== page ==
When you look at what’s happening today, it’s clear that we’re in a climate emergency. That’s why doing the damage first and then trying to compensate for it after the fact doesn’t really solve anything.
We believe that replacing fossil fuels, cutting down on single-use plastic and recycling are the real responsibilities for every business today.
Do you think businesses’ bottom line can benefit from being sustainable?
Absolutely. I actually find it strange that being sustainable is still something of a unique selling point in our society – it should be the norm.
To be fair, bigger companies are starting to make the shift but it’s a slow process – and as you can see with examples like Volkswagen, profits sometimes get in the way of the right decisions.
But regardless, people, especially younger consumers, are starting to question the products they’re buying. I think the internet and the availability of information is a big part of that.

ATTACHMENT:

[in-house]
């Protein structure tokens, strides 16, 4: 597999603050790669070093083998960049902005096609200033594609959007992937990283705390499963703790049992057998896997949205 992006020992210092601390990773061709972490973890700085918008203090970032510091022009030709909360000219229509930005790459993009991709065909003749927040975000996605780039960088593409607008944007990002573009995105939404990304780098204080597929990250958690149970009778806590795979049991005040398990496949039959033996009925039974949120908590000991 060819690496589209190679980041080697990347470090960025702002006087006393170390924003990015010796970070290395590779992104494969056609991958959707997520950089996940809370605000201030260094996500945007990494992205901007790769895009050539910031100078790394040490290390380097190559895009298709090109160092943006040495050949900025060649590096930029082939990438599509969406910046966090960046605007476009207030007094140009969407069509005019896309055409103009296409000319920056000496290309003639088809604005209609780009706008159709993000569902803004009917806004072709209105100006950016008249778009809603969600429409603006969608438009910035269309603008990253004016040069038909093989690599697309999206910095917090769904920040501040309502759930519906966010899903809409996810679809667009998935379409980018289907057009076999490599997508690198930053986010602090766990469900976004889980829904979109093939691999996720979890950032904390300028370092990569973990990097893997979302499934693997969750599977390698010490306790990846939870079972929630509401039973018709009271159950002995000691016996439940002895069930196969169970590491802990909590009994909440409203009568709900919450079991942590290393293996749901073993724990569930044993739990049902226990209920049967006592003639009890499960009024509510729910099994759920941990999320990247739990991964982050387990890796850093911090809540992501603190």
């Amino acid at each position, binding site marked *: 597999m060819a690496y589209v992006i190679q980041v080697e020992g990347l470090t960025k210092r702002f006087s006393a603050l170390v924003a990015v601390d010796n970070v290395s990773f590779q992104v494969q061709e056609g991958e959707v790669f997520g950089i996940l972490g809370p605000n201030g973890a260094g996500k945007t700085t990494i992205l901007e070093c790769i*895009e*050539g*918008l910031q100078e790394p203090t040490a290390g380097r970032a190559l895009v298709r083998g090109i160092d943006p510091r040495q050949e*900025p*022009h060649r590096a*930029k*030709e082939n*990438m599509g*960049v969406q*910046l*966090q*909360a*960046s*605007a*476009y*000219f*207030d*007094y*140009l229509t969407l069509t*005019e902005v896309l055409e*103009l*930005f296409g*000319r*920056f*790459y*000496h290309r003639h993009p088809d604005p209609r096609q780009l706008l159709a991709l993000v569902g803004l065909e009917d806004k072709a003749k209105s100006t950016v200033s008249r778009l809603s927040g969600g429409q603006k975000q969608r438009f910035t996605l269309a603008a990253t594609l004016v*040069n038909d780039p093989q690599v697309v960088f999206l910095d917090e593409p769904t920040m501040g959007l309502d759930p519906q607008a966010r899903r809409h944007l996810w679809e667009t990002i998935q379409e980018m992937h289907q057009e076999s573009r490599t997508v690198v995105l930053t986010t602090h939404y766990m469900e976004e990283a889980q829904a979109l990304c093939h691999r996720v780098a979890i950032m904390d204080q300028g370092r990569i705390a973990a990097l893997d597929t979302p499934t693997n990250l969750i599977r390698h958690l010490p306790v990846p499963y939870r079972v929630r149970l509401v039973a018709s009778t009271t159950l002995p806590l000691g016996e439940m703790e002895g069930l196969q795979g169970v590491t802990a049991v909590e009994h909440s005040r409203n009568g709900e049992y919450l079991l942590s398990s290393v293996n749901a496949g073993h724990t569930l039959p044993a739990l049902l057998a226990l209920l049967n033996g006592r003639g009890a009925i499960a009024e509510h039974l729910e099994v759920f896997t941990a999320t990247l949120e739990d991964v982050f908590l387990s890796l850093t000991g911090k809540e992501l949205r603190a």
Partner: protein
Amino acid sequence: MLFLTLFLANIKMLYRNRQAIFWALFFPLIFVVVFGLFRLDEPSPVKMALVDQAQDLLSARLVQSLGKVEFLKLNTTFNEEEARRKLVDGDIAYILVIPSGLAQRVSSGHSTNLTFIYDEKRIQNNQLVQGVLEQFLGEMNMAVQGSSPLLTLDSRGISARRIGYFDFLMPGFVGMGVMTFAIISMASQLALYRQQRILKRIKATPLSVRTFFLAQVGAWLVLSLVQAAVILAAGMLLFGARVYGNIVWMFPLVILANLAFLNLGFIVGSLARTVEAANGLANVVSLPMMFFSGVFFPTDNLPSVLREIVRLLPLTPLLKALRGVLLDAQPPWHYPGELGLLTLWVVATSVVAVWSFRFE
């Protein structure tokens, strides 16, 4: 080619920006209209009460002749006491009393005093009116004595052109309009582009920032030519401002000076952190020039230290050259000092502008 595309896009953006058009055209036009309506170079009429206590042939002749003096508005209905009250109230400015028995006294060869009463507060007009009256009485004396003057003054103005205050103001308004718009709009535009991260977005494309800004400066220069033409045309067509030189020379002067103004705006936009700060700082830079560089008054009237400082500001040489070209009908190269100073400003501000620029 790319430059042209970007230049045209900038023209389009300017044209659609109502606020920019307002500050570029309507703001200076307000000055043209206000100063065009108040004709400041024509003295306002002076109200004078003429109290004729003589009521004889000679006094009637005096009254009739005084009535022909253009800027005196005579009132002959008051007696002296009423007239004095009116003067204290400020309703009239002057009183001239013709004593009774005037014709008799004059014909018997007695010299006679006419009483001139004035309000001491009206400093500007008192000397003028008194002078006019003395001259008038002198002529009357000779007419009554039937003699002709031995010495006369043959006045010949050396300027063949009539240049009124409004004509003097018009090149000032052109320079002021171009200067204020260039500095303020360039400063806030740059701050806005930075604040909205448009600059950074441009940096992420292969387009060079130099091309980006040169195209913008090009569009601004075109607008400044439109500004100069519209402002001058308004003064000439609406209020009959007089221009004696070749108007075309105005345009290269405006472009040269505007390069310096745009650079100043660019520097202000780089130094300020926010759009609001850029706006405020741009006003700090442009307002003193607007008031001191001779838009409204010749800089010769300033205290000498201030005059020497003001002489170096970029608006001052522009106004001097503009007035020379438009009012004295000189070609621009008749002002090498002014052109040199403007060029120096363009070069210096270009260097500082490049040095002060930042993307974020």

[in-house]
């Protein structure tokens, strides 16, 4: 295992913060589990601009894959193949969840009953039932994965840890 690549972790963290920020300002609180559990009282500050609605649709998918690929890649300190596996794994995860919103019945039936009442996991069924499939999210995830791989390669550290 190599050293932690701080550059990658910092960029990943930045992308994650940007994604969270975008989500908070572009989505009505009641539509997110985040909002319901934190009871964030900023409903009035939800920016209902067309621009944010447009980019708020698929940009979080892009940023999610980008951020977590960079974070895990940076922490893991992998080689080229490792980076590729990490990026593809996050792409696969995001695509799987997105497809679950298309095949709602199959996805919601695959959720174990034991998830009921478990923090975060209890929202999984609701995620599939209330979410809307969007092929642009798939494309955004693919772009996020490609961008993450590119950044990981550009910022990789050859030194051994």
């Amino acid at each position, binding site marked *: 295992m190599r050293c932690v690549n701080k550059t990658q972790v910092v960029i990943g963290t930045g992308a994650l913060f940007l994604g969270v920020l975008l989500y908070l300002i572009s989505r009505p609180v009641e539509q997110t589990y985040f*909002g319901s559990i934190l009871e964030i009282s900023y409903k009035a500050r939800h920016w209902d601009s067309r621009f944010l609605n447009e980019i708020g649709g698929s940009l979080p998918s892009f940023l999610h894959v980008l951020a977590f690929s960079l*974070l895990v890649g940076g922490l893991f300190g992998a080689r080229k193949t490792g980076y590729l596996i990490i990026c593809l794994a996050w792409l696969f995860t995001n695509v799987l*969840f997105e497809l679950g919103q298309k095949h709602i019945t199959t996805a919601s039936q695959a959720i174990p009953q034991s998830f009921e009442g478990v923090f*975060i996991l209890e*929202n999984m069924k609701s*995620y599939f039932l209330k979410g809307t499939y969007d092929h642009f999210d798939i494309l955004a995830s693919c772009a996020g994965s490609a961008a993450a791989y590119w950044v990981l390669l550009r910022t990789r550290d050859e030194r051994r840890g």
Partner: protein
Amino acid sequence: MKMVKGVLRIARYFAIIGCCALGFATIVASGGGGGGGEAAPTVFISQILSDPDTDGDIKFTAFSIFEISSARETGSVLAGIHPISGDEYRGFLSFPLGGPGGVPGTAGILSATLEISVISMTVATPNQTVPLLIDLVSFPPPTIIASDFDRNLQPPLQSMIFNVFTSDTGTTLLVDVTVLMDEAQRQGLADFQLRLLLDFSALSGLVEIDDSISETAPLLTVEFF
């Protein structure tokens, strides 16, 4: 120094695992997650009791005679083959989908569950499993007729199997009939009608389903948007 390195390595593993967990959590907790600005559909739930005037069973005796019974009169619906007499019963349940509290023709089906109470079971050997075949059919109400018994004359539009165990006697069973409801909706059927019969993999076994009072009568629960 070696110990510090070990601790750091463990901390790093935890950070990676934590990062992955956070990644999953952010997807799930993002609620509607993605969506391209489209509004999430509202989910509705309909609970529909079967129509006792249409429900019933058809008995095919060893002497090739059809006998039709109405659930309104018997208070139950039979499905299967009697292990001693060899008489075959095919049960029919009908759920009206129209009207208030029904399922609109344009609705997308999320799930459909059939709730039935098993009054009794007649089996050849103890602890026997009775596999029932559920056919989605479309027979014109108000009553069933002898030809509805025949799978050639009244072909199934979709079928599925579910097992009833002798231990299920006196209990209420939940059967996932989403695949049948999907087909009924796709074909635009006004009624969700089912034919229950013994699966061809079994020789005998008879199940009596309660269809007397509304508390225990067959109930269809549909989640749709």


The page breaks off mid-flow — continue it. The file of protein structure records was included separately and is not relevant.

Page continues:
I believe that companies who really deliver a high-quality, sustainable product at the right price point will be tomorrow’s winners.
What sustainable businesses do you admire?
At LUMES we really admire businesses which completely rethink whole product categories and flip industries on their head.
If I was to pick a company right now, it would be Bites Toothpaste. Toothpaste is such an everyday item, it’s hard to imagine that there was room for innovation. But if you dig a little deeper, you’ll discover that over a billion plastic toothpaste tubes are thrown away every year.
Often products that we use every day were built on old-school thinking and processes that did not take the environment into account. Companies like Bites are showing that even the most essential day-to-day items can be made sustainable.
And finally, what does the future hold for LUMES?
Making better products in a better way will take time, and launching bio-acetate frames is only the beginning for us.
Next year, we will make all of our acetate collection from bio-acetate; we’ll be switching to an eco-friendly glasses case and using packaging items from 90% sustainable and/or recycled material.
We want to be completely transparent about our journey, which is why we’ve published a roadmap outlining the steps we’re taking to become a more sustainable company on our website.